When an employer wishes to terminate employment, the employee is entitled to notice or pay in lieu, and severance pay in certain instances. Depending upon various scenarios, the total severance package may vary considerably.
Severance pay in Ontario applies if an employee has five (5) or more years of service and the employer has a payroll of 2.5 million or more or 50 or more employees are being laid off within 6 months. Severance pay is calculated by an employee’s weekly earnings multiplied by the number of years the employee has served, plus the number of months divided by 12 for partial years.
If you have recently been dismissed, you may be entitled to severance pay. “Severance” is often misunderstood or used interchangeably with “notice” or “termination pay”. Below, we will discuss what each of these terms means and how they may impact you.
Severance of employment occurs in the following instances:
- An employee is dismissed
- An employer stops employing the employee, such as through bankruptcy or insolvency
- An employee is constructively dismissed
- An employee is laid off for more than 35 weeks in any period of 52 consecutive weeks
- An employee is laid off due to business closure
- In certain circumstances, if an employee resigns after being provided working notice
Employee entitlements on dismissal in Ontario are divided into two categories: statutory and common law entitlements.
Under the Ontario Employment Standards Act, 2000 (ESA), employees may be entitled to statutory notice, termination pay and/or severance pay.
Most employees with three months or more tenure will be entitled to statutory notice, which is generally calculated as one week per year of service, up to a total of 8 weeks. This may be offered as either working notice or termination pay.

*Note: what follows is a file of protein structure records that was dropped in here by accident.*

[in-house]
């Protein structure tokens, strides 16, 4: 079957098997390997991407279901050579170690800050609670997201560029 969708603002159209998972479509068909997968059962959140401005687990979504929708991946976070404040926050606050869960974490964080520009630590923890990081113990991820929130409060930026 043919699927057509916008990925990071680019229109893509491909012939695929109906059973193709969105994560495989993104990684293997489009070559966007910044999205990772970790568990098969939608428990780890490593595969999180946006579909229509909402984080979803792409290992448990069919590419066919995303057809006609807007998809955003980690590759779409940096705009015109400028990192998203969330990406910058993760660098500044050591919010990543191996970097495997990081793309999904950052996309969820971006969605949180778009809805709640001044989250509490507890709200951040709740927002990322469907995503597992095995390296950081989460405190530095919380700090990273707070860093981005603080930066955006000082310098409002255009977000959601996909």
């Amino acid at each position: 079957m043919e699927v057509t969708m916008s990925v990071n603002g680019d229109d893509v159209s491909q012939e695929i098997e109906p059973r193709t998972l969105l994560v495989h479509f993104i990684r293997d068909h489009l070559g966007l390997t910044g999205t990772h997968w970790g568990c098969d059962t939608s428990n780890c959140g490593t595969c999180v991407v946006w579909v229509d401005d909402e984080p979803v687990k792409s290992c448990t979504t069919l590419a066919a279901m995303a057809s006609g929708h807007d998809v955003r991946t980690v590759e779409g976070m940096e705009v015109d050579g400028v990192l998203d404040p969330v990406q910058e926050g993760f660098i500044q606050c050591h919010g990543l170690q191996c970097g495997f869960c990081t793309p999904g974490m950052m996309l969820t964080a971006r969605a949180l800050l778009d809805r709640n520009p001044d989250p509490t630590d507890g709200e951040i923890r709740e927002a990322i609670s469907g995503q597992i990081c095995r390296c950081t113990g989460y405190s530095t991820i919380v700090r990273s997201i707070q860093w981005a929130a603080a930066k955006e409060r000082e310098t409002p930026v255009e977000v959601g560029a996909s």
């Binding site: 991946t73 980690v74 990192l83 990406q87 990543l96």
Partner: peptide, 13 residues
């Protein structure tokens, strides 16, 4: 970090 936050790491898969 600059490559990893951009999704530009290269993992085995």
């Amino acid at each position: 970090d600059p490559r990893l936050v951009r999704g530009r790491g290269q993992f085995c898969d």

Statutory severance pay compensates dismissed employees for the losses associated with the dismissal, such as the loss of seniority. Severance pay is not available to all employees and will depend on your tenure, the size of the employer and/or the number of employees dismissed at the time. Statutory severance is generally calculated as one week per year of service up to a total of 26 weeks.
While the statutory requirements mentioned above are the minimum entitlements, most employees will also be entitled to a much longer period of notice. Unless a valid employment contract restricts their entitlements, employees will also be entitled to common law notice. This notice will be based on the employees’ age, tenure, nature of employment, and the availability of similar employment.
Many employment contracts may attempt to restrict employee entitlements on dismissal, but will often be unenforceable. It is important that employees have an experienced employment lawyer review any severance package offered to ensure that they are fully informed of their rights and entitlements.
Whitten & Lublin’s legal team can provide insight and advice into your specific circumstances. If you are looking for employment lawyers and would like more information about what Whitten & Lublin can do for you, please contact us online or by phone at (416) 640-2667 today.